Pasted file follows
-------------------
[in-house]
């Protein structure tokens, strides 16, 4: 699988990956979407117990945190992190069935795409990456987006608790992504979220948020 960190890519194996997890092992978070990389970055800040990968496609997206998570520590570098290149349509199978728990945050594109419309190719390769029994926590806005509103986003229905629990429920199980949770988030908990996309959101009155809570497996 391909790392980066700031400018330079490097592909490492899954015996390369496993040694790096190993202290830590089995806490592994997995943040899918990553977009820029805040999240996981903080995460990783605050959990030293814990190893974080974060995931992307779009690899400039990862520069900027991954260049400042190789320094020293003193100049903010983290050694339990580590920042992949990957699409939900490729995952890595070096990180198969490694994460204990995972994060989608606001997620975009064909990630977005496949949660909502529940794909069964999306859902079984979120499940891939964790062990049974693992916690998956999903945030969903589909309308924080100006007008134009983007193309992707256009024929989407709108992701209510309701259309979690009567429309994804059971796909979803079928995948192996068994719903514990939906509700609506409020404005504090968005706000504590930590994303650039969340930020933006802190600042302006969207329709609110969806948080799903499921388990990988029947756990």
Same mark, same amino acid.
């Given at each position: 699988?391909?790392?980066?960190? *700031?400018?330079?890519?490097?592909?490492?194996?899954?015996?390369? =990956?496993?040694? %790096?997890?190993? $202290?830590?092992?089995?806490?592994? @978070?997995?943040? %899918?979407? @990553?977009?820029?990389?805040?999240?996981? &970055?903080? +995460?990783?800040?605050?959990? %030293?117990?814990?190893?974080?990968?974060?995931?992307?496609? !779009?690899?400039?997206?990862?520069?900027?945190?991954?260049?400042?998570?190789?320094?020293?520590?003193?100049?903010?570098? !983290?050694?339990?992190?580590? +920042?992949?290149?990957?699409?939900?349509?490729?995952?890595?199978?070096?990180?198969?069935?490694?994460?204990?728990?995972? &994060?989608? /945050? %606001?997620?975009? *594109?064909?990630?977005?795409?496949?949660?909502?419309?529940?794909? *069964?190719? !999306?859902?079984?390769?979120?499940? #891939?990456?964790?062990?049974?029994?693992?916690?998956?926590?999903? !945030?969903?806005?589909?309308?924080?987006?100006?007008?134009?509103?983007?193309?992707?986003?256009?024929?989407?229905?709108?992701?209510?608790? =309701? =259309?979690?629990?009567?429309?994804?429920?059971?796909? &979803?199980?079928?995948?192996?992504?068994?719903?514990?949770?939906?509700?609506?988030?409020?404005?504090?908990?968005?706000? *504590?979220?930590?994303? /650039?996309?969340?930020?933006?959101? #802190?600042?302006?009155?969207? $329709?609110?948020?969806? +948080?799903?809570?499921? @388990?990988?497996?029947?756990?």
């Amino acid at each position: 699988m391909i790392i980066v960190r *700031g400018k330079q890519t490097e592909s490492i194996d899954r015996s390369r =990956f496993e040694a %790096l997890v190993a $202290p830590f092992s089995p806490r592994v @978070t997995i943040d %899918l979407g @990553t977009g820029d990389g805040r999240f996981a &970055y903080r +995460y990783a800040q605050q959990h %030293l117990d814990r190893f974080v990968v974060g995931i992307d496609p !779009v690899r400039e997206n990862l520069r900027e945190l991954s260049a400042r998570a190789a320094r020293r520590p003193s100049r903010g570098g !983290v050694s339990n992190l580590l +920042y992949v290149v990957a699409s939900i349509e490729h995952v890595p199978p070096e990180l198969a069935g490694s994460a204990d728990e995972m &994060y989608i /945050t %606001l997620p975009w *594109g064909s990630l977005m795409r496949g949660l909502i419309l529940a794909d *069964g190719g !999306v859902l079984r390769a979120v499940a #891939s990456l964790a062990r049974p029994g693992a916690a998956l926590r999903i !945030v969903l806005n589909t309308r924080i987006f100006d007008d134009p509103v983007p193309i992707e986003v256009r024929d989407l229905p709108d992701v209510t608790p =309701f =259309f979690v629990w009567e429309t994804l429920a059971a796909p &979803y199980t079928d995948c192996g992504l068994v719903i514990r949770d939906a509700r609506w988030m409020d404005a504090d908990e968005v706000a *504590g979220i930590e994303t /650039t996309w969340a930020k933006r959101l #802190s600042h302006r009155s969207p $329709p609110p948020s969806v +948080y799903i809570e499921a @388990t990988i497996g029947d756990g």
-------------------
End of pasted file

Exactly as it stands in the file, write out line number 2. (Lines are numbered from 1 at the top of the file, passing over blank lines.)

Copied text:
């Protein structure tokens, strides 16, 4: 699988990956979407117990945190992190069935795409990456987006608790992504979220948020 960190890519194996997890092992978070990389970055800040990968496609997206998570520590570098290149349509199978728990945050594109419309190719390769029994926590806005509103986003229905629990429920199980949770988030908990996309959101009155809570497996 391909790392980066700031400018330079490097592909490492899954015996390369496993040694790096190993202290830590089995806490592994997995943040899918990553977009820029805040999240996981903080995460990783605050959990030293814990190893974080974060995931992307779009690899400039990862520069900027991954260049400042190789320094020293003193100049903010983290050694339990580590920042992949990957699409939900490729995952890595070096990180198969490694994460204990995972994060989608606001997620975009064909990630977005496949949660909502529940794909069964999306859902079984979120499940891939964790062990049974693992916690998956999903945030969903589909309308924080100006007008134009983007193309992707256009024929989407709108992701209510309701259309979690009567429309994804059971796909979803079928995948192996068994719903514990939906509700609506409020404005504090968005706000504590930590994303650039969340930020933006802190600042302006969207329709609110969806948080799903499921388990990988029947756990």